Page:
Some Jewish analysts see shades of gray in Alito

washington | The long paper trail of hard-hitting conservative opinions that Judge Samuel Alito has left in his wake is perfect fodder for left vs. right, black-and-white confirmation battle.

For Jewish groups, however, the clarity of Alito’s record fades to gray.

President Bush’s new nominee to the U.S. Supreme Court has upheld religious freedoms that the entire Jewish community cherishes, on one occasion strongly defending the right of a Jewish employee to Sabbath observance. Yet his views on the establishment of religion as well as abortion hew to a tough conservative line that much of the community repudiates.

“He wrote a very important opinion in expanding what little is left of the free-exercise clause,” said Marc Stern, co-director of the legal department of the American Jewish Congress, referring to the constitutional guarantee of free religious practice.

On the other hand, he said, in several cases dealing with the constitutional prohibition against the establishment of a state religion, Alito indicated a leaning in favor of religious speakers “to the exclusion of those who might not want to listen.”

Bush announced the nomination of Alito, 55, on Monday, Oct. 31, just days after Harriet Miers, his White House counsel, withdrew her name.

Alito’s 15 years on the 3rd U.S. Circuit Court of Appeals, based in Philadelphia, establishes a strong constitutional and conservative record. Social conservatives who vigorously opposed Miers’ nomination immediately hailed the decision.

Just as predictably, liberal groups mounted an immediate battle.

National Jewish groups at times have been pivotal in joining liberals in opposing judicial candidates; the White House was eager to get out the message that Alito was safe for the Jews.

Legal scholars say Alito substantially expanded First Amendment rights in 1999 when he ruled that the Newark, N.J. police department violated the rights of Muslim officers by banning them from wearing beards, though it allowed an exception for health reasons.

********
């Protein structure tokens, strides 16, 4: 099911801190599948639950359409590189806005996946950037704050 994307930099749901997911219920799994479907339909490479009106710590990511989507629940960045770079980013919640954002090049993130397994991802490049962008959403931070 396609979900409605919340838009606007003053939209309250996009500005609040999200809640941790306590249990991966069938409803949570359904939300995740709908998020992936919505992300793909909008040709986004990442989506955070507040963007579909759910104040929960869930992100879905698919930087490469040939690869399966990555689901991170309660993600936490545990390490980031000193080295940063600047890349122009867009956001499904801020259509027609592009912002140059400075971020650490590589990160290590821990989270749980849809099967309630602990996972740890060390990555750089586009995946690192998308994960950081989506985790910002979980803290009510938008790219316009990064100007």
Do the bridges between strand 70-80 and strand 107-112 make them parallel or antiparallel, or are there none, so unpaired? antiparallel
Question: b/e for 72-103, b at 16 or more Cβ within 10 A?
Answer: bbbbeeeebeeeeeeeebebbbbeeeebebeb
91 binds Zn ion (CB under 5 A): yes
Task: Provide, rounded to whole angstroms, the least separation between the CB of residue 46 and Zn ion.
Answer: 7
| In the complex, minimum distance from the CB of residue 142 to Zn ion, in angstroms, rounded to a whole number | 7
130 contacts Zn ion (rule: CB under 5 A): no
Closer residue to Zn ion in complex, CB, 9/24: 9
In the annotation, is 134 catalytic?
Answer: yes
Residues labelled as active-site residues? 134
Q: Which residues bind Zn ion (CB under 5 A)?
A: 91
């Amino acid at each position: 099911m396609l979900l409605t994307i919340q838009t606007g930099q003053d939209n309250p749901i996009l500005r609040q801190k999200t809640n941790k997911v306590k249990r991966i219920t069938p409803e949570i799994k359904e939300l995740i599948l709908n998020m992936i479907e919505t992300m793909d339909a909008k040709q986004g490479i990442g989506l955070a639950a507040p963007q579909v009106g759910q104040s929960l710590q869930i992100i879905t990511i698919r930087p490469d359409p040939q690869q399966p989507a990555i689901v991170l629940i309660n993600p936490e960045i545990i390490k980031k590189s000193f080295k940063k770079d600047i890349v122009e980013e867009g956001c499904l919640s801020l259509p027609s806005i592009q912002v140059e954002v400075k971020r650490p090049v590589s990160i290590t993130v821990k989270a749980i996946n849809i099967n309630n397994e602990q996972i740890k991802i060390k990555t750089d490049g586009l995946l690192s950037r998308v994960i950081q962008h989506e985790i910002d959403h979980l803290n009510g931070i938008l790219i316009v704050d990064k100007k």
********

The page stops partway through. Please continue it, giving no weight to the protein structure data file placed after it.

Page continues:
Another Alito opinion had a more immediate impact on Jewish observance. In Abramson v. William Patterson College in 2001, the court considered the case of Gertrude Abramson, who sued the New Jersey institution in 1995, claiming that it violated an earlier agreement to allow her to take off Jewish holidays. Abramson also alleged a pattern of harassment, including meetings scheduled on Shabbat.

The court ruled in Abramson’s favor, but Alito’s separate concurrence was even stronger, citing favorably an amicus brief filed by the Orthodox Union.

Strong opinions are typical of Alito, said Jeffrey Wasserstein, his former law clerk.

“He is a Catholic, but his sensitivity to non-majority religions was quite interesting to watch, not what one would expect from someone being tarred by the press as extraordinarily conservative,” said Wasserstein, an observant Jew who served with Alito from 1997 to 1998.

Wasserstein insisted that Alito did not come to cases with preconceptions, but liberal groups and their allies in the Jewish community were already fretting at a body of work that suggests otherwise. Of special concern are two cases in which Alito upheld the right of New Jersey towns to display Christmas-season creches.

Ron Kampeas

Ron Kampeas is the D.C. bureau chief at the Jewish Telegraphic Agency.